Newcomers’ Guide: The Snow Leopard Challenge

The Seven Summits and 8,000’ers aren’t the only popular mountaineering tick lists. The Snow Leopard challenge involves tackling the five highest peaks in the former Soviet Union.


The award was established in October 1967 by the catchily named Bureau of the Central Council of Sports Societies and Organizations of the USSR “to establish an honorary badge of the Central Council, awarded to climbers who have climbed all four 7,000’ers of the Soviet Union: the peaks of Communism, Victory, Lenin, and Korzhenevskaya.”

The original Snow Leopard award. Photo: Wikimedia/Skas

The announcement introduces the two most confusing aspects of the Snow Leopard list: the changing names of the mountains and the addition of a fifth “7,000m” peak.
Over the years, the four original peaks have accumulated quite a few names (for convenience I have marked in bold the name we will use for each peak in the rest of this article):
Peak Stalin/Peak Communism/Ismoil Somoni Peak – 7,495m
Peak Victory/Peak Pobeda/Tömür/Jengish Chokusu – 7,439m
Mount Kaufmann/Peak Lenin/Ibn Sina Peak – 7,134m
Korzhenevskaya – 7,105m
Peak Korzhenevskaya, named after the wife of a Russian geographer, has conveniently kept its name. The other peaks are less straightforward.
During the de-Stalinization of the Soviet Union under Nikita Khrushchev, Peak Stalin was renamed Peak Communism in 1962. In 1998, newly independent Tajikistan officially changed the name again. The mountain is now Ismoil Somoni Peak, named after a powerful ninth-century Samanid emir. The new name is quite a mouthful and hasn’t caught on. It remains better known as Peak Communism.
Ibn Sina Peak started life as Mount Kaufmann, after Konstantin Kaufmann, the first Governor-General of Russian Turkestan. In 1928, it was renamed Peak Lenin, and in 2006, the Tajiks renamed it Ibn Sina Peak after the 9th to 10th-century Persian intellectual Abu Ali ibn Sina (known as Avicenna in the West).

A Lenin bust on Ibn Sina Peak, formally Lenin Peak. Photo: Shutterstock

Peak Victory is a little less confusing. Pobeda is victory in Russian and Jengish Chokusu means Victory Peak in Kyrgyz. Tömür is the Uighur name and the official name in China. However, its awkward geopolitical location on the Kyrgyzstan-China border has led to the second confusing element of the Snow Leopard list: Is it four 7,000’ers or five?
In 1985, due to a border dispute with China, the USSR switched Peak Pobeda for Khan Tengri Peak. At 6,995m, Khan Tengri is officially a sub-7,000m peak. But if you include its hat, a 15m glacial cap, it scrapes over the threshold. Khan Tengri has a long list of local names, but thankfully just one official title.
This new list only lasted five years before Peak Pobeda was added back in, creating the modern five-peak Snow Leopard challenge.

Becoming a Snow Leopard

While the Soviet Union collapsed in 1991, the Snow Leopard challenge is still going strong. According to RussianClimb, 697 climbers have completed the challenge (though a handful only completed four of the five, because they didn’t climb Peak Pobeda while it was excluded from the list).
Ivanov Evgeniy was the first to finish, ticking off the peaks in 1961, six years before the program was officially established. The first winter Snow Leopards completed their list just last year. Sergey Seliverstov, Alexey Usatyk, and Mikhail Danichkin knocked over their final winter peaks in August 2020.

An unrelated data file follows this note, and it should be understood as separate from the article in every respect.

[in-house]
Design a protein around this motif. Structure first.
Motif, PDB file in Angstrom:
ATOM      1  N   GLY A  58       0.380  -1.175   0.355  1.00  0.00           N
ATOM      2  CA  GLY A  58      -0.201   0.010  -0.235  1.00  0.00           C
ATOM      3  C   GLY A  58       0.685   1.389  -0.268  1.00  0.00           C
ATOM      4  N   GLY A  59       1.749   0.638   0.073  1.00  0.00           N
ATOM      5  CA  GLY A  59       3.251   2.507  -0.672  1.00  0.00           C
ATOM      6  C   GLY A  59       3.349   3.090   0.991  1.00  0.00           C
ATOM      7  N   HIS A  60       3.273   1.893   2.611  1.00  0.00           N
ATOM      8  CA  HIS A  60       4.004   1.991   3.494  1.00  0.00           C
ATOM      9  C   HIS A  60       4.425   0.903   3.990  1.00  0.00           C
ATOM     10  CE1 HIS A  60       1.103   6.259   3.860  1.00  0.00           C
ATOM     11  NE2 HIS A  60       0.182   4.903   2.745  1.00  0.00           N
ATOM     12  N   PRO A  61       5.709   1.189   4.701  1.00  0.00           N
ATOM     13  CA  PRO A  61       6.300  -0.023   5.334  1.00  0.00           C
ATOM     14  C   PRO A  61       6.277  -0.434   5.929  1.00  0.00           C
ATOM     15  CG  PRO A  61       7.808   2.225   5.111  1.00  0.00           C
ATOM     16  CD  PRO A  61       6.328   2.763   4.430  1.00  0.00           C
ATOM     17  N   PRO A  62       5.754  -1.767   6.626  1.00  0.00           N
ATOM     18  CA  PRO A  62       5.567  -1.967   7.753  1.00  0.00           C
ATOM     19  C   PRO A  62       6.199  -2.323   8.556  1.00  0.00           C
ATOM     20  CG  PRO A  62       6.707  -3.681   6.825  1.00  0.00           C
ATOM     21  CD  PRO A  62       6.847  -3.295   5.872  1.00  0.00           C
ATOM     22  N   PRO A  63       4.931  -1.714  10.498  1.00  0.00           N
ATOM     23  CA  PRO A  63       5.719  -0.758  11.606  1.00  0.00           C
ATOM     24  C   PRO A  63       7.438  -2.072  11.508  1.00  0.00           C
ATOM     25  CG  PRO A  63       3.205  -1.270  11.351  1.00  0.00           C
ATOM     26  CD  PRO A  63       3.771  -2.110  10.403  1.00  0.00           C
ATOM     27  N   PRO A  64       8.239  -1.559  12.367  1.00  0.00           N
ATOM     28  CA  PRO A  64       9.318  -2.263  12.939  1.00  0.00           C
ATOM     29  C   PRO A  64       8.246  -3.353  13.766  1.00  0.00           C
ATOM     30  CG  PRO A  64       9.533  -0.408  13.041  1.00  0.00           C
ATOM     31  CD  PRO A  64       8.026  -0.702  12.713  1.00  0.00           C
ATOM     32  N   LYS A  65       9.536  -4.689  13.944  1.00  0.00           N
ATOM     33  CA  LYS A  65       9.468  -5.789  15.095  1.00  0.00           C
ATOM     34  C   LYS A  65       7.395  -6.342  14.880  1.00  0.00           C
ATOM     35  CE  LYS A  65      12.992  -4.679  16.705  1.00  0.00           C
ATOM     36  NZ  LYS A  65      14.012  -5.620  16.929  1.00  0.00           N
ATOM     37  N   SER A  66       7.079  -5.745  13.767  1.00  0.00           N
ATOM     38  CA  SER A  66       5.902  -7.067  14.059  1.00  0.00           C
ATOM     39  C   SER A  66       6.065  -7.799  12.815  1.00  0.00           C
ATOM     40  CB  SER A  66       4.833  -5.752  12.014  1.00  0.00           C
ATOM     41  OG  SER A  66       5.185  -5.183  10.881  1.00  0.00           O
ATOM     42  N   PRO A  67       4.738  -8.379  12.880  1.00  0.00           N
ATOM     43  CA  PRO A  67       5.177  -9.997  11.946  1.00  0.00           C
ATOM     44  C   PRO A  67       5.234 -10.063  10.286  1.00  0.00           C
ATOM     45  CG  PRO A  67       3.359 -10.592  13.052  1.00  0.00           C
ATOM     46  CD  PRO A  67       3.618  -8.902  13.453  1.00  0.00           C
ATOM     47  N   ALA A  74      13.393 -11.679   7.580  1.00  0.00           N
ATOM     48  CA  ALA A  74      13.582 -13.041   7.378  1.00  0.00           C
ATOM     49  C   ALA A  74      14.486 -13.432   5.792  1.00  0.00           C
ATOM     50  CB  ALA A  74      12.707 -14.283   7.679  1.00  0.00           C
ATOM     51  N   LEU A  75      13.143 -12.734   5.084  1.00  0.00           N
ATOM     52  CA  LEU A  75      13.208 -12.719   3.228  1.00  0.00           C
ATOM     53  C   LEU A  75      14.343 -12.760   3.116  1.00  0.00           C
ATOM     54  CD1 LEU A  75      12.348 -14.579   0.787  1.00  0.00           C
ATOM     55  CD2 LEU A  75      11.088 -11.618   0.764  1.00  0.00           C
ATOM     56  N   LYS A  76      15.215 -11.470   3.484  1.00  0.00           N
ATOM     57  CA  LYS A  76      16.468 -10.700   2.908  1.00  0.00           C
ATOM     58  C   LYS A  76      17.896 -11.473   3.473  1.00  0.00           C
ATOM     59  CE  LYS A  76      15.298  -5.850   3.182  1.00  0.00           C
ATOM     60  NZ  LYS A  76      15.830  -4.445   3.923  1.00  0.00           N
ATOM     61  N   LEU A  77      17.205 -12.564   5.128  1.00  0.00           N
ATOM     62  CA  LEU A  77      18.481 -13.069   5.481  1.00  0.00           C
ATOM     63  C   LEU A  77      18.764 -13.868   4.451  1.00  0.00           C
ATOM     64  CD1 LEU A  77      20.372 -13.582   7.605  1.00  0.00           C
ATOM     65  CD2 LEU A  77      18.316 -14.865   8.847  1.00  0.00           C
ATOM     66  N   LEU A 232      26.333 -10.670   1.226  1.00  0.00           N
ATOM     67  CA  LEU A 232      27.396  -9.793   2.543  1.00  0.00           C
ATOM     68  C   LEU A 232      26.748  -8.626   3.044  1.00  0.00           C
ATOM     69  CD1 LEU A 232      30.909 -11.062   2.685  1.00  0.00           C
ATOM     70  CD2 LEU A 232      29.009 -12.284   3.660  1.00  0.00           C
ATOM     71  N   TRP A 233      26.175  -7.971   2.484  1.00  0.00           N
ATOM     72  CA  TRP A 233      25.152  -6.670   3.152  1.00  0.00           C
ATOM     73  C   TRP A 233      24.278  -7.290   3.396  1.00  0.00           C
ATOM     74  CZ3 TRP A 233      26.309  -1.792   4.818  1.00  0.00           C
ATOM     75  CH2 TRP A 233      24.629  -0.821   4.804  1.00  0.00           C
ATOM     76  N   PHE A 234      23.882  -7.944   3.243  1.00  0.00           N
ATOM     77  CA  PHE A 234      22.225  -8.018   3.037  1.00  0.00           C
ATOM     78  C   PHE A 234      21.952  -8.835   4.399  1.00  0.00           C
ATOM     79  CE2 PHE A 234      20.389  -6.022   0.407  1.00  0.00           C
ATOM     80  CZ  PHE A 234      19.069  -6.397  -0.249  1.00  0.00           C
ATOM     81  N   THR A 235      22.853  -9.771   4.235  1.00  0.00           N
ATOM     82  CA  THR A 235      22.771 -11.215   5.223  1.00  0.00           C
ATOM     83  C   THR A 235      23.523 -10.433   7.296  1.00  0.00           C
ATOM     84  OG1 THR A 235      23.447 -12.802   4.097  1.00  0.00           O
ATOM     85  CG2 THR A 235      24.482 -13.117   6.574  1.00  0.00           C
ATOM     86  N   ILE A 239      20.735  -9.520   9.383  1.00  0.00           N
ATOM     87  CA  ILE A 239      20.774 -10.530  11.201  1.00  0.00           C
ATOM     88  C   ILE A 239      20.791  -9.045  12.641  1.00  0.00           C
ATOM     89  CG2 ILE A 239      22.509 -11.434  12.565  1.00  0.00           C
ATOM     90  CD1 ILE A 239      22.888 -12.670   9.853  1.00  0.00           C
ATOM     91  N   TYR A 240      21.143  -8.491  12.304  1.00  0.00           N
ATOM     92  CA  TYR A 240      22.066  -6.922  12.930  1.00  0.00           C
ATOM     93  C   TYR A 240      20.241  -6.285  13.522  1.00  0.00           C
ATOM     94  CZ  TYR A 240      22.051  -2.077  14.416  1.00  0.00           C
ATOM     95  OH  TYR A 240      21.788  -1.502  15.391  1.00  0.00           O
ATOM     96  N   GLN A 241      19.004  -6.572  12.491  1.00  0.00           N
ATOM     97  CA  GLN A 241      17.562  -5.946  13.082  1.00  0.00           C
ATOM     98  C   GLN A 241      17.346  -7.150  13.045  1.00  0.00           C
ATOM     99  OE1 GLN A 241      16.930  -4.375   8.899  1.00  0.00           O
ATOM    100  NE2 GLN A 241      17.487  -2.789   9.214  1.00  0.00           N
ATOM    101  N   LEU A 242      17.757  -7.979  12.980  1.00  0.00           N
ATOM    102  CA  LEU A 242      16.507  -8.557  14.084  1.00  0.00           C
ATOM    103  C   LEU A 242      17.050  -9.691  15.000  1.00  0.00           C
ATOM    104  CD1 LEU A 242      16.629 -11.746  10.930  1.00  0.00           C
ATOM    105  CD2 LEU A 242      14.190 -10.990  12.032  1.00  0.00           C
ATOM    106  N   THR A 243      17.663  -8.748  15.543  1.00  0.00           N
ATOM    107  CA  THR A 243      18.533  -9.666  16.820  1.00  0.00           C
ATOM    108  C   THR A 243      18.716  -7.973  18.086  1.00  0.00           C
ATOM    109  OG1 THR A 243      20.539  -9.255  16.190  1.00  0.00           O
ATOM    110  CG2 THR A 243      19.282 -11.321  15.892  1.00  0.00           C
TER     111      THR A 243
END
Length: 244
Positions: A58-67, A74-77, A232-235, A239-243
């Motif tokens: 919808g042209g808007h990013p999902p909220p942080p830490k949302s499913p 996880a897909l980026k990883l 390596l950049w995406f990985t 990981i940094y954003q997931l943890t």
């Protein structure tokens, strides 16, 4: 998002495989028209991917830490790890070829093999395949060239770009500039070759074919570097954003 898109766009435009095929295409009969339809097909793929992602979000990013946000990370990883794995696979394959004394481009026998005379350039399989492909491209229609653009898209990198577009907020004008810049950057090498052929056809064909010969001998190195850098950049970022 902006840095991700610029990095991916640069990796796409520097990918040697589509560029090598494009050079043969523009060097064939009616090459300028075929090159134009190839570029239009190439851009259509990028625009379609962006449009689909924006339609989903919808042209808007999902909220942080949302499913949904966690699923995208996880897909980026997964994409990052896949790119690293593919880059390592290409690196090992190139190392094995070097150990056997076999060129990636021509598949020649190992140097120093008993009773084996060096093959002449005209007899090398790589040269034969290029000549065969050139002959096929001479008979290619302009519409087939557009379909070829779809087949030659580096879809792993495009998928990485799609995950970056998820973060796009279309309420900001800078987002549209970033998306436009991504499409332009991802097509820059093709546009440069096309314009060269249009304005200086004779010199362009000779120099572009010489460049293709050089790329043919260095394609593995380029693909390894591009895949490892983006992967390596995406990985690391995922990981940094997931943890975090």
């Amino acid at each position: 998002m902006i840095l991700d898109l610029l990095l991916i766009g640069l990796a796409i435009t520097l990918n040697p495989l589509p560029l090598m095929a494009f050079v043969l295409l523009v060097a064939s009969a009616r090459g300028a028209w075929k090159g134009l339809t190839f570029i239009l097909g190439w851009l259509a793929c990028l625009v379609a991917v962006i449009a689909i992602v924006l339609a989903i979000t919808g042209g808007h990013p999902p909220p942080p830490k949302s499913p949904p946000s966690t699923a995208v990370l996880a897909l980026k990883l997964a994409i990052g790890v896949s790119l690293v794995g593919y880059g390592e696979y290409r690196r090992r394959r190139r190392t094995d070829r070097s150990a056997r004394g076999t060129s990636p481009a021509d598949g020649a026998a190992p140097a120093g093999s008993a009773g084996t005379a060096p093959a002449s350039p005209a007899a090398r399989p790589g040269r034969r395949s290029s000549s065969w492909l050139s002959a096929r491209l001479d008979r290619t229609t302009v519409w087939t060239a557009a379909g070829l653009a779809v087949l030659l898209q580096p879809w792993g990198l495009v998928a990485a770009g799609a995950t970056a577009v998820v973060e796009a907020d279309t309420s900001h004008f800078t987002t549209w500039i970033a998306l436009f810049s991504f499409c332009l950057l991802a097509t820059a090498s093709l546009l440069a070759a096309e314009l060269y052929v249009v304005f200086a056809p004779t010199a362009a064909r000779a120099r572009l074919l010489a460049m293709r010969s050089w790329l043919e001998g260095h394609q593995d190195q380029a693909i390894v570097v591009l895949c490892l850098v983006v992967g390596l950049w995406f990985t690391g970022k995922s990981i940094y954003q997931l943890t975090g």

Order and Difficulty

Ibn Sina Peak is thought of as the easiest of the five, and the statistics bear this out. Every (COVID-free) year, hundreds summit, making this the most summited 7,000m peak on the planet. Climbers typically make three or four camps up to around 6,400m before pushing for the top. The climbing is not technical, but the uncompromising altitude requires careful acclimatization and caution. The vast majority of climbers on Ibn Sina Peak are guided, and tour packages cost less than $2,000.
Peak Korzhenevskaya and Ismoil Somoni Peak are usually done in conjunction. Korzhenevskaya is the easier of the two and can be used to prepare for its more imposing neighbor. Most climbers take a route up the southern ridge and camp at 6,400m before the narrow summit ridge.

Climbers make their way up Peak Korzhenevskaya, with Ismoil Somoni Peak in the background. Photo: Voldymur Khytrykov

The highest mountain in Tajikistan, Ismoil Somoni Peak shares Korzhenevskaya’s Base Camp at 4,200m. The easiest routes are on the north and west sides of the mountain. But perhaps the biggest challenge is Base Camp hygiene. SummitPost users shared some insightful tips for staying strong: “The best medicine to bypass “Flitzekacke” (the shits) is drinking enough vodka — not kidding.”
Khan Tengri, the lowest of the five, is up next. Base Camp is set up on the mammoth North Inylchek Glacier at 4,000m. The picture-perfect summit pyramid towers above. Most climbers take the west ridge, which can be approached from either the north or south. The southern route is “technically easier but objectively more dangerous.” Khan Tengri is regarded as the third hardest of the Snow Leopard summits after Peak Pobeda and Ismoil Somoni.

Russian climber Alex Volvach near the top of Khan Tengri peak in 2017. Photo: Shutterstock

Peak Pobeda, the most difficult summit, is usually left till last. Notoriously dangerous, Pobeda claimed three lives this season. The most northerly 7,000m summit in the world, it is remote and has a reputation for rapid weather changes and avalanches.